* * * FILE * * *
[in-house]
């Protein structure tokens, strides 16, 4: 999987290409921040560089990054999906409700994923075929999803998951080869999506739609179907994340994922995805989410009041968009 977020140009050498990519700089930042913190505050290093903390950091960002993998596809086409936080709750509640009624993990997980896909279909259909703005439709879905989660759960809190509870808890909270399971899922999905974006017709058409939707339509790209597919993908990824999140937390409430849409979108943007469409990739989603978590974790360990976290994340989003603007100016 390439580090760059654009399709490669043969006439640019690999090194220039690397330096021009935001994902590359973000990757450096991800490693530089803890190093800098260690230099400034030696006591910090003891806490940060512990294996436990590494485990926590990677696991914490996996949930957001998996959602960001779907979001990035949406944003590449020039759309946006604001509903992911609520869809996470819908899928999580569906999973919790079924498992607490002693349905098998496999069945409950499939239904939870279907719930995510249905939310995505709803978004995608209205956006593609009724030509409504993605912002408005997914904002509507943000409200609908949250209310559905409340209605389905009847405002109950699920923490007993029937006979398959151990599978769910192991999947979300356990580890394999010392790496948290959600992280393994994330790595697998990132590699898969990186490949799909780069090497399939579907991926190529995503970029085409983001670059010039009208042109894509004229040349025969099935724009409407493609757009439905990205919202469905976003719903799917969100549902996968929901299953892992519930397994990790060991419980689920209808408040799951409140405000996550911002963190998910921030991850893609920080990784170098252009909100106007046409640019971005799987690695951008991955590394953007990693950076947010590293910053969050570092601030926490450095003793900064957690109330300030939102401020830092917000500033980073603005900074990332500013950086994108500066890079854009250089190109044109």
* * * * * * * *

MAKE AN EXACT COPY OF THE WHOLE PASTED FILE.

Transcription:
[in-house]
């Protein structure tokens, strides 16, 4: 999987290409921040560089990054999906409700994923075929999803998951080869999506739609179907994340994922995805989410009041968009 977020140009050498990519700089930042913190505050290093903390950091960002993998596809086409936080709750509640009624993990997980896909279909259909703005439709879905989660759960809190509870808890909270399971899922999905974006017709058409939707339509790209597919993908990824999140937390409430849409979108943007469409990739989603978590974790360990976290994340989003603007100016 390439580090760059654009399709490669043969006439640019690999090194220039690397330096021009935001994902590359973000990757450096991800490693530089803890190093800098260690230099400034030696006591910090003891806490940060512990294996436990590494485990926590990677696991914490996996949930957001998996959602960001779907979001990035949406944003590449020039759309946006604001509903992911609520869809996470819908899928999580569906999973919790079924498992607490002693349905098998496999069945409950499939239904939870279907719930995510249905939310995505709803978004995608209205956006593609009724030509409504993605912002408005997914904002509507943000409200609908949250209310559905409340209605389905009847405002109950699920923490007993029937006979398959151990599978769910192991999947979300356990580890394999010392790496948290959600992280393994994330790595697998990132590699898969990186490949799909780069090497399939579907991926190529995503970029085409983001670059010039009208042109894509004229040349025969099935724009409407493609757009439905990205919202469905976003719903799917969100549902996968929901299953892992519930397994990790060991419980689920209808408040799951409140405000996550911002963190998910921030991850893609920080990784170098252009909100106007046409640019971005799987690695951008991955590394953007990693950076947010590293910053969050570092601030926490450095003793900064957690109330300030939102401020830092917000500033980073603005900074990332500013950086994108500066890079854009250089190109044109």